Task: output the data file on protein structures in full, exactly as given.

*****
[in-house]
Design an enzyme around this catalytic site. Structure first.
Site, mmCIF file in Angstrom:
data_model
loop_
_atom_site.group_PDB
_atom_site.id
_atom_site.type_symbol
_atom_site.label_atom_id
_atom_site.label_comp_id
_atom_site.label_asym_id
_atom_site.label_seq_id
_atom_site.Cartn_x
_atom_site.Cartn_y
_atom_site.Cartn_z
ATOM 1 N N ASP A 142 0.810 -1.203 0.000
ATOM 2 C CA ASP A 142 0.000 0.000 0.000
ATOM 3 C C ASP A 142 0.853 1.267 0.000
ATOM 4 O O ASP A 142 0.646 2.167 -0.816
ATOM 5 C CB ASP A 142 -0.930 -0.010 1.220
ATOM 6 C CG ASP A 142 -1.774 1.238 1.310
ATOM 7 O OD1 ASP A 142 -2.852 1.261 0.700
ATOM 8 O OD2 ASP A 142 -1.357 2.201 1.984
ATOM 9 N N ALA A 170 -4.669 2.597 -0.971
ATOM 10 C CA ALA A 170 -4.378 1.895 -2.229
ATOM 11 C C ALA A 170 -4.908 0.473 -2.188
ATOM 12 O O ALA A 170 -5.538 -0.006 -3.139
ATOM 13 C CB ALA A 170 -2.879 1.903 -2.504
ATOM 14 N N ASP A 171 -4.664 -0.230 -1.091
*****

[in-house]
Design an enzyme around this catalytic site. Structure first.
Site, mmCIF file in Angstrom:
data_model
loop_
_atom_site.group_PDB
_atom_site.id
_atom_site.type_symbol
_atom_site.label_atom_id
_atom_site.label_comp_id
_atom_site.label_asym_id
_atom_site.label_seq_id
_atom_site.Cartn_x
_atom_site.Cartn_y
_atom_site.Cartn_z
ATOM 1 N N ASP A 142 0.810 -1.203 0.000
ATOM 2 C CA ASP A 142 0.000 0.000 0.000
ATOM 3 C C ASP A 142 0.853 1.267 0.000
ATOM 4 O O ASP A 142 0.646 2.167 -0.816
ATOM 5 C CB ASP A 142 -0.930 -0.010 1.220
ATOM 6 C CG ASP A 142 -1.774 1.238 1.310
ATOM 7 O OD1 ASP A 142 -2.852 1.261 0.700
ATOM 8 O OD2 ASP A 142 -1.357 2.201 1.984
ATOM 9 N N ALA A 170 -4.669 2.597 -0.971
ATOM 10 C CA ALA A 170 -4.378 1.895 -2.229
ATOM 11 C C ALA A 170 -4.908 0.473 -2.188
ATOM 12 O O ALA A 170 -5.538 -0.006 -3.139
ATOM 13 C CB ALA A 170 -2.879 1.903 -2.504
ATOM 14 N N ASP A 171 -4.664 -0.230 -1.091